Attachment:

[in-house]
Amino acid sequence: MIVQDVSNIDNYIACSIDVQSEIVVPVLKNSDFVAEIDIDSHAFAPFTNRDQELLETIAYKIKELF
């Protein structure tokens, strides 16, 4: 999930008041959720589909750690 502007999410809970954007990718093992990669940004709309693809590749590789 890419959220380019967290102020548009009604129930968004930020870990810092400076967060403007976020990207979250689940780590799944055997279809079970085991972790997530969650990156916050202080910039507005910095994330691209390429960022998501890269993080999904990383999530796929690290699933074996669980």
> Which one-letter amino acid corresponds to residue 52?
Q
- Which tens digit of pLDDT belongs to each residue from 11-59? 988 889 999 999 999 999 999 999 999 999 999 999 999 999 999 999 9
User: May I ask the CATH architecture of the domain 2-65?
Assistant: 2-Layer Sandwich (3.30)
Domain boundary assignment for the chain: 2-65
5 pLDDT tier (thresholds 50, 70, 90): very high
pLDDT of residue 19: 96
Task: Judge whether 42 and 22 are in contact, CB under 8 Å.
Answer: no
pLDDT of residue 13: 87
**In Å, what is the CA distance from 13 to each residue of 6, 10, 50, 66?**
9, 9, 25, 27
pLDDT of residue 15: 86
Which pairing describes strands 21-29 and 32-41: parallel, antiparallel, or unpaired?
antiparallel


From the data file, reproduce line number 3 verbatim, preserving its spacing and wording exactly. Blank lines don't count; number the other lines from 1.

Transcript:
């Protein structure tokens, strides 16, 4: 999930008041959720589909750690 502007999410809970954007990718093992990669940004709309693809590749590789 890419959220380019967290102020548009009604129930968004930020870990810092400076967060403007976020990207979250689940780590799944055997279809079970085991972790997530969650990156916050202080910039507005910095994330691209390429960022998501890269993080999904990383999530796929690290699933074996669980």